Previous meta-analyses including randomized clinical trials have shown that exercise training improves QoL in patients with prostate cancer under ADT (42, 43). A recent meta-analysis of 18 randomized controlled trials, including 1477 patients with prostate cancer undergoing androgen deprivation therapy, reported that supervised exercise therapy has a moderately positive effect on disease-specific quality of life compared to no exercise therapy (44). On the other hand, another recent meta-analysis comprising 17 randomized controlled trials, involving 1361 patients with prostate cancer who had received cancer treatment, concluded that exercise had a small effect on cancer-specific QoL, and no differences were observed between exercise modalities (45). In addition, like a previous report (33), we did not observe changes in health-related QoL in patients with prostate cancer that participated in WF practice. Differences in age, assessment methods, treatment regimens, and training programs may explain, at least in part, the discrepancies in results. Of mention, in the current study, patients reported relatively high values of overall QoL at baseline compared to the reference values (46), which may have potentially decreased the margin of improvement in wellbeing with the exercise training.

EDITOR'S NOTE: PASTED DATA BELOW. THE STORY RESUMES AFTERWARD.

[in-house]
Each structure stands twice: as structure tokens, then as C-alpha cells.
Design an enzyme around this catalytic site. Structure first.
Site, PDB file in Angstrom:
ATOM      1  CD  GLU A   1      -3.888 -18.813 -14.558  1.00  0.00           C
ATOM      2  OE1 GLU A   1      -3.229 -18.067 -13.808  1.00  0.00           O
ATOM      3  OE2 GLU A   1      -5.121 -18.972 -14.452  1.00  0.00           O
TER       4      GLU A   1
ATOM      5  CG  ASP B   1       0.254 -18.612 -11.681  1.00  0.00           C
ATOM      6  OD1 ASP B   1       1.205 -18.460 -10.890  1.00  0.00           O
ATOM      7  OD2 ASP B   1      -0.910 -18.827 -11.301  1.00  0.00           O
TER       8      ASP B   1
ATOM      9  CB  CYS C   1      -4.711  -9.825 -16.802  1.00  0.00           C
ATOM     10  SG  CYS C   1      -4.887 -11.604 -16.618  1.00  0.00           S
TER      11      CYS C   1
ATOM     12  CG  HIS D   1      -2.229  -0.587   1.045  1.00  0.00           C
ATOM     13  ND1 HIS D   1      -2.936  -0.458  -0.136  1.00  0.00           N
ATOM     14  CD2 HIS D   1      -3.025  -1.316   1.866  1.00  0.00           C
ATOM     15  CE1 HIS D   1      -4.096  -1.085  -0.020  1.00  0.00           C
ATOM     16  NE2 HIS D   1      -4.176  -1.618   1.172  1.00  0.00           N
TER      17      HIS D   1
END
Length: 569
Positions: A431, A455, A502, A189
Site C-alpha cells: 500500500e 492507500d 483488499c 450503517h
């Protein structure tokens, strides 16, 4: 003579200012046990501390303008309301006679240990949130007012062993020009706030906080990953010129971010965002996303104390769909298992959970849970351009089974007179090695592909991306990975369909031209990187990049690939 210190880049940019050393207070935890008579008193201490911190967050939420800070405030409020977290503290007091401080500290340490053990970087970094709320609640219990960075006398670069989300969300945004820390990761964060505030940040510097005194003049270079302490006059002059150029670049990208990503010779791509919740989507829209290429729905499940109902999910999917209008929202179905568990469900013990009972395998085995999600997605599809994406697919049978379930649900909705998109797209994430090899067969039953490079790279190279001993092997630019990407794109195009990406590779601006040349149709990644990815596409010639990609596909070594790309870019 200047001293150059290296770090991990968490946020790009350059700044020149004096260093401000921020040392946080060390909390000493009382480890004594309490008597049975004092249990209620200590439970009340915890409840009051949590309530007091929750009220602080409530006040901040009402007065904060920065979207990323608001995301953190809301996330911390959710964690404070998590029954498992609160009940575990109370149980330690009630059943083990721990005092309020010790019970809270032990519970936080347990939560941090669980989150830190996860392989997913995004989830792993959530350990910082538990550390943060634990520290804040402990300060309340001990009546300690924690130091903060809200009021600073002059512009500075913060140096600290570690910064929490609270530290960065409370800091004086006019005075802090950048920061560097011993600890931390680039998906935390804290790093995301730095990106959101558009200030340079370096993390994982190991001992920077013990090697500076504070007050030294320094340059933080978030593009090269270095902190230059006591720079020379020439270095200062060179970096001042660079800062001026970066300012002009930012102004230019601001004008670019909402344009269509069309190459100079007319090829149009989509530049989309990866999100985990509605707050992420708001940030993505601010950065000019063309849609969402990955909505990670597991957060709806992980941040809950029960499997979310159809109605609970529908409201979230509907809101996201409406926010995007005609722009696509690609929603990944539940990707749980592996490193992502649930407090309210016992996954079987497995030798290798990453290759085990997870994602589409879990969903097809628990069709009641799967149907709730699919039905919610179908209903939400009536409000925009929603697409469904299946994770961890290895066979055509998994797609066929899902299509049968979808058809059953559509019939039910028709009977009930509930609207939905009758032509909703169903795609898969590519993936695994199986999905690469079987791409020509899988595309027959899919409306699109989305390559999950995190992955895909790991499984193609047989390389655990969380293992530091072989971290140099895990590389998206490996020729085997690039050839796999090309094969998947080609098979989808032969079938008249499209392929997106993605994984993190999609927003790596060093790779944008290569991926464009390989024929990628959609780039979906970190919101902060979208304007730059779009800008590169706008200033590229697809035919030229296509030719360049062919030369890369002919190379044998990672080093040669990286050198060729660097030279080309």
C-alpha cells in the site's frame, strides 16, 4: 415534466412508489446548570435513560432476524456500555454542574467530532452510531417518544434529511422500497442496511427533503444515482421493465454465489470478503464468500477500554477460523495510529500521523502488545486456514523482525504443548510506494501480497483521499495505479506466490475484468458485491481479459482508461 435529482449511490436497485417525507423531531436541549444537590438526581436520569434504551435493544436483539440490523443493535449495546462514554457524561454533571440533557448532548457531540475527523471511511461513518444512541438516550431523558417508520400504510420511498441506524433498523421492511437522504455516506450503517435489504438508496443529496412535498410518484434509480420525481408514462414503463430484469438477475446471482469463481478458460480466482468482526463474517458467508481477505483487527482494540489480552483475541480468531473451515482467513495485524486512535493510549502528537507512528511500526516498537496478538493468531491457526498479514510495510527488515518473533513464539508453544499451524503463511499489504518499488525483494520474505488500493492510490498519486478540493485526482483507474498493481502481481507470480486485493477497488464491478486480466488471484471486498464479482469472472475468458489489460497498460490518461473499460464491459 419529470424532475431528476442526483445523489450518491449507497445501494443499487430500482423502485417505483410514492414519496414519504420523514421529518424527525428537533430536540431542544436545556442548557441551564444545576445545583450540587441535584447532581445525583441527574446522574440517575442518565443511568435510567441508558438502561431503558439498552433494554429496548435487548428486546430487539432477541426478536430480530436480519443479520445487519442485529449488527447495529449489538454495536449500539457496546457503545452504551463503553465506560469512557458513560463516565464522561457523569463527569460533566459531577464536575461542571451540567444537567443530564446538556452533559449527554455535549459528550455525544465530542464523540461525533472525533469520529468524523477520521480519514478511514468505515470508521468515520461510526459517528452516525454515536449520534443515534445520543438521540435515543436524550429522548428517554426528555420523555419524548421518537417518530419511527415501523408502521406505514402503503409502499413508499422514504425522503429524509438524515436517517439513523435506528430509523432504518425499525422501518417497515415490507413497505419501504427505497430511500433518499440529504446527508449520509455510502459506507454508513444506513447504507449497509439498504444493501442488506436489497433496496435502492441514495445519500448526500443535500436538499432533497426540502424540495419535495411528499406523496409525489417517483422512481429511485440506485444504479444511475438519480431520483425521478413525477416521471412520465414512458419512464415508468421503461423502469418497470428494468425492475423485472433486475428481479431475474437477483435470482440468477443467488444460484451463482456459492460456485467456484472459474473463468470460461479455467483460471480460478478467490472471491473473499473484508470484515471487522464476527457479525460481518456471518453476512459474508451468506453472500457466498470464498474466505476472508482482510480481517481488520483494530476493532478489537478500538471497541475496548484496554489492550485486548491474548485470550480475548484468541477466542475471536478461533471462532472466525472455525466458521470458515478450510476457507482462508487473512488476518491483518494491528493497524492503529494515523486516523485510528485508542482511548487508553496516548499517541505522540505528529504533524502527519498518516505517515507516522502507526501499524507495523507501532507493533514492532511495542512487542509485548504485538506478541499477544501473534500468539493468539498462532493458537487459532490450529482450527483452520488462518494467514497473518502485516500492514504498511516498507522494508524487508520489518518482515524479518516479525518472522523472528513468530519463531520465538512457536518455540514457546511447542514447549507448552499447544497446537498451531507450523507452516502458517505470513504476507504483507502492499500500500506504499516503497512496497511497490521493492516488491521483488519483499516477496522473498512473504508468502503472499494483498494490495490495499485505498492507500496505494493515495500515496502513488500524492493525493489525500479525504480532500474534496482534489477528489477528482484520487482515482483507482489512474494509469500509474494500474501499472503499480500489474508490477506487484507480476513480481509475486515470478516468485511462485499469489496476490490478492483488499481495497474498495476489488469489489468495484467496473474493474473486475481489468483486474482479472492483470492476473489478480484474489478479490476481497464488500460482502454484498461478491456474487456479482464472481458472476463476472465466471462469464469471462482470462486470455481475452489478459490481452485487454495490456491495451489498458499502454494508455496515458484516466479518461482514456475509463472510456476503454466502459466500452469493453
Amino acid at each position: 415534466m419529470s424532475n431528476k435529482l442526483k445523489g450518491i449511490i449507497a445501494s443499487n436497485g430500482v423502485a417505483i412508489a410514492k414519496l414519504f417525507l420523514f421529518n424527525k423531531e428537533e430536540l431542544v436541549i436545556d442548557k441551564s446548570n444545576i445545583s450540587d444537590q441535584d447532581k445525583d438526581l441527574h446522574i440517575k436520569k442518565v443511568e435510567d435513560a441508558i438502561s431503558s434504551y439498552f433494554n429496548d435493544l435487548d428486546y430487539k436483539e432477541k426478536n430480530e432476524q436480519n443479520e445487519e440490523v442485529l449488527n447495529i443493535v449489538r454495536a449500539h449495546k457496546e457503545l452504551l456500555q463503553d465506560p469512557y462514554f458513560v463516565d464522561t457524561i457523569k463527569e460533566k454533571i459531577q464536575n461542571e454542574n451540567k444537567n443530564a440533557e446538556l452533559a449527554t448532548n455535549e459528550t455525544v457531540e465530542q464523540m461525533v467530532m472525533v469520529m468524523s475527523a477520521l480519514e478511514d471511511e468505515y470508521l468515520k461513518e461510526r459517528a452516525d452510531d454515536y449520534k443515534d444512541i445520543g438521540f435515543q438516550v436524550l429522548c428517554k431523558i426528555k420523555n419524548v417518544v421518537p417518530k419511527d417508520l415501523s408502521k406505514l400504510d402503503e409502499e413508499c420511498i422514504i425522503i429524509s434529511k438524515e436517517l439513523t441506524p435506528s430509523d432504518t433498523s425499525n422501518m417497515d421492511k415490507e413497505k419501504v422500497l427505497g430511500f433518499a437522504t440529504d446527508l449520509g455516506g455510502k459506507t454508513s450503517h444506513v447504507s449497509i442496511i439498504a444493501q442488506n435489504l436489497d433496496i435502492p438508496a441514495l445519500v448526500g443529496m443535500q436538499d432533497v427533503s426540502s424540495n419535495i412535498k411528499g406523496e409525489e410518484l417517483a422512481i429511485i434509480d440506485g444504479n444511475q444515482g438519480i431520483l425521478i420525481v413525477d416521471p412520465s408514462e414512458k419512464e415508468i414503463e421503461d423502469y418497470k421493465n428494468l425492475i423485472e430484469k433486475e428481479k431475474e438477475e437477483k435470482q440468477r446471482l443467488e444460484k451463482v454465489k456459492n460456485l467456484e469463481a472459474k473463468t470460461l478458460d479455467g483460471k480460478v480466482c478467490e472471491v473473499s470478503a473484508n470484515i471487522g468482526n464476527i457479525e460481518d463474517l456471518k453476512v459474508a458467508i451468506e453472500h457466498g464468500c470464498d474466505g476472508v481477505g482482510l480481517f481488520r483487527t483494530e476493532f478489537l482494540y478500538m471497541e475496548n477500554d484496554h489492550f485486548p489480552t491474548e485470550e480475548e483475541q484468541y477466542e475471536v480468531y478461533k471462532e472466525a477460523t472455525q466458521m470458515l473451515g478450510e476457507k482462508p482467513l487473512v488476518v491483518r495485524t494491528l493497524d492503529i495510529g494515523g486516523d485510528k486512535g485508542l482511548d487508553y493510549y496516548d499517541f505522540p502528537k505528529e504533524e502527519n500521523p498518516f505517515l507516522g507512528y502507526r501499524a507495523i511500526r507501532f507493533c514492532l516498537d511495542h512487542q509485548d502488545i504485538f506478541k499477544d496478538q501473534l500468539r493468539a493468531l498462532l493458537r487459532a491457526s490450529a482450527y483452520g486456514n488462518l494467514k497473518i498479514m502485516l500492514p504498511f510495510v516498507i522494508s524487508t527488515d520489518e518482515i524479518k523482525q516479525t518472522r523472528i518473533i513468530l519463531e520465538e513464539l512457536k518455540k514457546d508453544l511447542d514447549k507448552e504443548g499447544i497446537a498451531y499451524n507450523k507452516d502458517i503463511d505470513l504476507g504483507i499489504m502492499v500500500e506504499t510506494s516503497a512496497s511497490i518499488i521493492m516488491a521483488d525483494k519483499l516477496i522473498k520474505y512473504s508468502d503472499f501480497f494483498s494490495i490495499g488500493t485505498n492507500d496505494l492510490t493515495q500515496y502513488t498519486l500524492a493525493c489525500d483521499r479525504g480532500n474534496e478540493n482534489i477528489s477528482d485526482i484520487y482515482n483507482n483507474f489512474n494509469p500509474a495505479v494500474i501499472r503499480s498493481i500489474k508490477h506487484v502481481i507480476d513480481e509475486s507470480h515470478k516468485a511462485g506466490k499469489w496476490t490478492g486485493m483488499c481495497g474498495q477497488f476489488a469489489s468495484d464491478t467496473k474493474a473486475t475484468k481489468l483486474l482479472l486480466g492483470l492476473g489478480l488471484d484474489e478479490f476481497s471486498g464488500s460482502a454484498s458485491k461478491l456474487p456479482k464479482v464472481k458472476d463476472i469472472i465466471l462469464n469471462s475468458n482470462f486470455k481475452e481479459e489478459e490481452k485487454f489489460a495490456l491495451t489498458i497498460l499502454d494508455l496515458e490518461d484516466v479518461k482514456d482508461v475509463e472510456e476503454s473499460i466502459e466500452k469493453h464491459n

The main limitation of this study is the greater-than-expected loss of patients (38%) after randomization. Although a few patients withdrew (n=3, 6%) their informed consent after being allocated to one of the two groups, and 6 (12%) patients were lost to follow-up, most patients (n=10, 20%) were not enrolled in the trial due to positive exercise tests. Despite this might have resulted in some loss of power, this well-controlled feasibility study highlights the importance of the baseline clinical assessment to determine the safety of exercise training programs in cancer patients, especially in older patients with prostate cancer under androgen deprivation therapy and with multiple cardiovascular comorbidities and cardiovascular risk factors. Osteoporosis is a possible consequence of hormonal therapy. However, our findings in terms of safety cannot be generalized to patients with osteoporosis as they were excluded from this study. Exercise training targeting the musculoskeletal system, involving impact loading exercises plus resistance training, has been shown to attenuate the decline in the spine and femoral neck bone mineral density in patients with prostate cancer (47). Walking football may also be an effective strategy to mitigate the adverse effects of hormonal therapy on bone health, but future studies must address the balance between the risks and benefits of this mode of exercise in this specific population.